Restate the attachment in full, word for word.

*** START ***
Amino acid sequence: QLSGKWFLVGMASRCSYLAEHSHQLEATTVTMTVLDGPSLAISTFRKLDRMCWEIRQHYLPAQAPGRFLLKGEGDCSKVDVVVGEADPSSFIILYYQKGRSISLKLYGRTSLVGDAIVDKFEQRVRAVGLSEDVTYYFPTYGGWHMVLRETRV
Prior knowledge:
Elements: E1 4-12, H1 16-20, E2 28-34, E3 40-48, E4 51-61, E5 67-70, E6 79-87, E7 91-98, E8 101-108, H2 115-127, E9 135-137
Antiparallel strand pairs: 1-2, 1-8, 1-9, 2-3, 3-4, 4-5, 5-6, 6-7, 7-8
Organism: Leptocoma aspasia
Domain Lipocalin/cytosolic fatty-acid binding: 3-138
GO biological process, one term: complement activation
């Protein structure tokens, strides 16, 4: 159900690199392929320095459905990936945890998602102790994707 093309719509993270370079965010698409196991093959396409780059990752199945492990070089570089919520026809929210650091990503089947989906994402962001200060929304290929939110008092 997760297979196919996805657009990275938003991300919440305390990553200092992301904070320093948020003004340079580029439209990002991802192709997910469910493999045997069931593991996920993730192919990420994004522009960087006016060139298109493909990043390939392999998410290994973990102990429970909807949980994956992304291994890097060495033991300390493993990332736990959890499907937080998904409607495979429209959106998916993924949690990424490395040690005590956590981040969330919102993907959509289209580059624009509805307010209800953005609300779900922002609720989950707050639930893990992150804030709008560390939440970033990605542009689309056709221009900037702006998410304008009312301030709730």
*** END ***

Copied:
Amino acid sequence: QLSGKWFLVGMASRCSYLAEHSHQLEATTVTMTVLDGPSLAISTFRKLDRMCWEIRQHYLPAQAPGRFLLKGEGDCSKVDVVVGEADPSSFIILYYQKGRSISLKLYGRTSLVGDAIVDKFEQRVRAVGLSEDVTYYFPTYGGWHMVLRETRV
Prior knowledge:
Elements: E1 4-12, H1 16-20, E2 28-34, E3 40-48, E4 51-61, E5 67-70, E6 79-87, E7 91-98, E8 101-108, H2 115-127, E9 135-137
Antiparallel strand pairs: 1-2, 1-8, 1-9, 2-3, 3-4, 4-5, 5-6, 6-7, 7-8
Organism: Leptocoma aspasia
Domain Lipocalin/cytosolic fatty-acid binding: 3-138
GO biological process, one term: complement activation
């Protein structure tokens, strides 16, 4: 159900690199392929320095459905990936945890998602102790994707 093309719509993270370079965010698409196991093959396409780059990752199945492990070089570089919520026809929210650091990503089947989906994402962001200060929304290929939110008092 997760297979196919996805657009990275938003991300919440305390990553200092992301904070320093948020003004340079580029439209990002991802192709997910469910493999045997069931593991996920993730192919990420994004522009960087006016060139298109493909990043390939392999998410290994973990102990429970909807949980994956992304291994890097060495033991300390493993990332736990959890499907937080998904409607495979429209959106998916993924949690990424490395040690005590956590981040969330919102993907959509289209580059624009509805307010209800953005609300779900922002609720989950707050639930893990992150804030709008560390939440970033990605542009689309056709221009900037702006998410304008009312301030709730």